Japan readies to join Somalia anti-piracy patrols

Japan's Defense Minister Yasukazu Hamada, right in the background, meet leaders of Self Defense Force as the minister orders the dispatch of the ships to fight piracy off the shores of Somalia, at Defense Ministry in Tokyo (AP)

Japan ordered its navy on Wednedsday to prepare for deployment off Somalia after months of agonising about how to join international anti-piracy patrols there without breaching its pacifist constitution.

Defence Minister Yasukazu Hamada's order follows China's dispatch of warships to the region last month, joining a growing flotilla of at least 14 ships from the United States, India, Russia, the European Union and others aimed at curbing piracy.

"The pirates in the Gulf of Aden off Somalia's shores are a threat to the international community including Japan, and is an issue we must deal with urgently," Hamada told top defence officials.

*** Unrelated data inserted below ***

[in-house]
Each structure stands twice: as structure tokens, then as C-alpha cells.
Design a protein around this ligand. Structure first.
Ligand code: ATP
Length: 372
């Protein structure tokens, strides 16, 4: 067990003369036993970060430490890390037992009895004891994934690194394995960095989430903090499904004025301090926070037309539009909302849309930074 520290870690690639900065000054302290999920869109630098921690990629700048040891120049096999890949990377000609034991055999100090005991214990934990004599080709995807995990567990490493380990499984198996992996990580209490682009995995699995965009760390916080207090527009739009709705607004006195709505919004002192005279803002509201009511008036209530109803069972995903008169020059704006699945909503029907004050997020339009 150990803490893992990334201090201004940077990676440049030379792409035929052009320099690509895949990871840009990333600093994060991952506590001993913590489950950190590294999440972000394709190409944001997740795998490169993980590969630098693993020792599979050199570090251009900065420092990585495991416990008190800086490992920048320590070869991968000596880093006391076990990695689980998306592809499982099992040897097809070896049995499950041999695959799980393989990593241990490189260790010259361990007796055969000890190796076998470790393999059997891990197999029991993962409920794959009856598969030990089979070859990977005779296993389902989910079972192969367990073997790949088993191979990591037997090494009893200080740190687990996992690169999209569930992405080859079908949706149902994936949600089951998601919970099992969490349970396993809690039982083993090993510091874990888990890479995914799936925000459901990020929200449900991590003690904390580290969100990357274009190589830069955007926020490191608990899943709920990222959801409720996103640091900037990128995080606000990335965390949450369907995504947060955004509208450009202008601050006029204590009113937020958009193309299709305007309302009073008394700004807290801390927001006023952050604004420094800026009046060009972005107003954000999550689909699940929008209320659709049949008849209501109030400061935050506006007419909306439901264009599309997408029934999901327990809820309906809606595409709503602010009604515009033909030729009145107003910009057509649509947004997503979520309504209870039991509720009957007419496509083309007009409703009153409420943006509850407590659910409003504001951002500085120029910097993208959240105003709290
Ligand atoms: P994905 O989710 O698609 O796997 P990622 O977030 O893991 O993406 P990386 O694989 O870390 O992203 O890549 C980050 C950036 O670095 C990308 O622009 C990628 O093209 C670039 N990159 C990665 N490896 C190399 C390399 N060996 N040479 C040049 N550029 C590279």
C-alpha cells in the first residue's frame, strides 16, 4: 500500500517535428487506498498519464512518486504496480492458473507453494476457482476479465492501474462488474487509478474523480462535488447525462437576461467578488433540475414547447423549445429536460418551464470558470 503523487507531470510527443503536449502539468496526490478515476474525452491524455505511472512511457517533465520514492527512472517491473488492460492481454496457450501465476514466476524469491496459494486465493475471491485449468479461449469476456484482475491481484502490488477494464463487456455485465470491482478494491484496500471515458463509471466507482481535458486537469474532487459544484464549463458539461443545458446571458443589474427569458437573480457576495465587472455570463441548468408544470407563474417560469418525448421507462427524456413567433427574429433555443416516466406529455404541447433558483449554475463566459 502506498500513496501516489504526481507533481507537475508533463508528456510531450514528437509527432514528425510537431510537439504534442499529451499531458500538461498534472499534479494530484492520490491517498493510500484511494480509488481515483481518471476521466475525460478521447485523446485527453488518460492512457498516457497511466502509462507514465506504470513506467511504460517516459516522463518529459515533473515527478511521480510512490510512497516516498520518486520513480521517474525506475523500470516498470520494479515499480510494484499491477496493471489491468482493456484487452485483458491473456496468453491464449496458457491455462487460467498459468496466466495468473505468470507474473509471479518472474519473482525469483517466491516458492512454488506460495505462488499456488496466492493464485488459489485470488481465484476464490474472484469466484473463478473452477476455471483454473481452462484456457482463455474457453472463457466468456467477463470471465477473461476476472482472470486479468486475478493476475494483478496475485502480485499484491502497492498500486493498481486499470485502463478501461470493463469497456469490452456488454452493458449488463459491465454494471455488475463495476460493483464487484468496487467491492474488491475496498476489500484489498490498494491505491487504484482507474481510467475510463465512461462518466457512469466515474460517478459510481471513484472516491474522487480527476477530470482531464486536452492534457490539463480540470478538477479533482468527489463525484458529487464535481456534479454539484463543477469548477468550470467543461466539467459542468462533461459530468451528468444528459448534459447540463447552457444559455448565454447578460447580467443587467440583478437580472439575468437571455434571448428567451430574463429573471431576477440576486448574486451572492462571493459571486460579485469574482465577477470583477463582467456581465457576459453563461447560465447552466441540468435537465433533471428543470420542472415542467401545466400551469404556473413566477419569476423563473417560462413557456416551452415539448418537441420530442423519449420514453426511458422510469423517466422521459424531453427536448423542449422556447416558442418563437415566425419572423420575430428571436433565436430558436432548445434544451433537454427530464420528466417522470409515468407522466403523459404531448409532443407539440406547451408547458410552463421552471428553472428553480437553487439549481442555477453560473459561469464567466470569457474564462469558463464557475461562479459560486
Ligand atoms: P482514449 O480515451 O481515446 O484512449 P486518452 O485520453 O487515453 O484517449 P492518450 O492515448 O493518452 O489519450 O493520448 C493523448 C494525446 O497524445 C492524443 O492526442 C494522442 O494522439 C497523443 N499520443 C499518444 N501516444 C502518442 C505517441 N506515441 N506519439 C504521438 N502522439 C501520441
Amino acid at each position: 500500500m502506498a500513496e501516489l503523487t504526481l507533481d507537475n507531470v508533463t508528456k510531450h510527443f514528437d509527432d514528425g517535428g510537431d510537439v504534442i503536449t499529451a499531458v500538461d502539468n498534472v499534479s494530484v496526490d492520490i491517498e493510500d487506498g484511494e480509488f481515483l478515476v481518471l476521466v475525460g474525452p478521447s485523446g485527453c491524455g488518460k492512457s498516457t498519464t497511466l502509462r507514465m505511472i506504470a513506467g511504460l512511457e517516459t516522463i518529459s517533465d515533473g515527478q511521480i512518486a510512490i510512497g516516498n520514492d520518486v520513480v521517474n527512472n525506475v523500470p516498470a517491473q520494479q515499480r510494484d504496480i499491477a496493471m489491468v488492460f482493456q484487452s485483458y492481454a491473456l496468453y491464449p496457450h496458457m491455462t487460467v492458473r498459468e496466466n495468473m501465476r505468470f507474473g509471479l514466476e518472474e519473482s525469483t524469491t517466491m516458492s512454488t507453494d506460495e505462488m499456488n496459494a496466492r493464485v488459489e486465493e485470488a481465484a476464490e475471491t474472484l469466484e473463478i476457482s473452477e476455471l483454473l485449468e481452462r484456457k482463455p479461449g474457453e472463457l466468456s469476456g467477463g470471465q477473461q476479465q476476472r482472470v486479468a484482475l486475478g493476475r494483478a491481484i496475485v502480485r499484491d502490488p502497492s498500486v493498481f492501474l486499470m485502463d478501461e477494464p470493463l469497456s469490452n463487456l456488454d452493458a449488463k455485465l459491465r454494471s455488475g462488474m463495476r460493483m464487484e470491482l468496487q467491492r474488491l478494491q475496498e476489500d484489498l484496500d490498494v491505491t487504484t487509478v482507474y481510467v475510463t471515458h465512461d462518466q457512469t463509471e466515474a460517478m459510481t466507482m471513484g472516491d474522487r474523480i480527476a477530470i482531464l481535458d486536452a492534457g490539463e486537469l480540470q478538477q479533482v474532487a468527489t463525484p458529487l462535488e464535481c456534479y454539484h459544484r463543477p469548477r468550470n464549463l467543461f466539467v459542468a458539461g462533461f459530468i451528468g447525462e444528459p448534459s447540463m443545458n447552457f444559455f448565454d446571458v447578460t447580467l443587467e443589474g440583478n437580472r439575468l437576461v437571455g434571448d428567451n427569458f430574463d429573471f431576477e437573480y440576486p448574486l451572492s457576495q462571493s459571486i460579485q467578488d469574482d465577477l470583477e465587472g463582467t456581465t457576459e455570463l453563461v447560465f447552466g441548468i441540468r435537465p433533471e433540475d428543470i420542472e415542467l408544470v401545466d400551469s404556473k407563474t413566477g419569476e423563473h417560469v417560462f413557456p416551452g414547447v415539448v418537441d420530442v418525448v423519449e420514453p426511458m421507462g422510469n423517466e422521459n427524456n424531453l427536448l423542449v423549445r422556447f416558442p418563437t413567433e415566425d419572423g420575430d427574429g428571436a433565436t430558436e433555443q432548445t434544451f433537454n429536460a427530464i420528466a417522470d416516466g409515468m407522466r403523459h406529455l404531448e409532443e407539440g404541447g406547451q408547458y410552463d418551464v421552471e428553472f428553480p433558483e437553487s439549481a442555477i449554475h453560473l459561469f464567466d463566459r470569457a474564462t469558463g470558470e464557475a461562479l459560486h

Deciding on a naval dispatch has been a headache for Japan, whose military activities overseas are tightly restricted by its post-World War Two pacifist constitution.

Tokyo plans first to send ships under an existing marine security law, which only permits the navy to protect Japanese ships, or those carrying Japanese crew or cargo. Kyodo news agency said ships could depart as early as March.

To dodge possible criticism from other countries whose ships are patrolling the area, the government is also considering a new law to enable it to protect non-Japanese vessels and broaden the scope for using weapons beyond self-defence.

"The defence ministry believes it is necessary for work on the new law to be speeded up and we will put our efforts into that," Hamada said.

How quickly a new law could be passed, however, is in doubt as opposition parties control parliament's upper house, where they can delay bills.

The main opposition Democratic Party has said in principle it would back a bill to broaden Japan's contribution, but smaller leftist parties are opposed.

 

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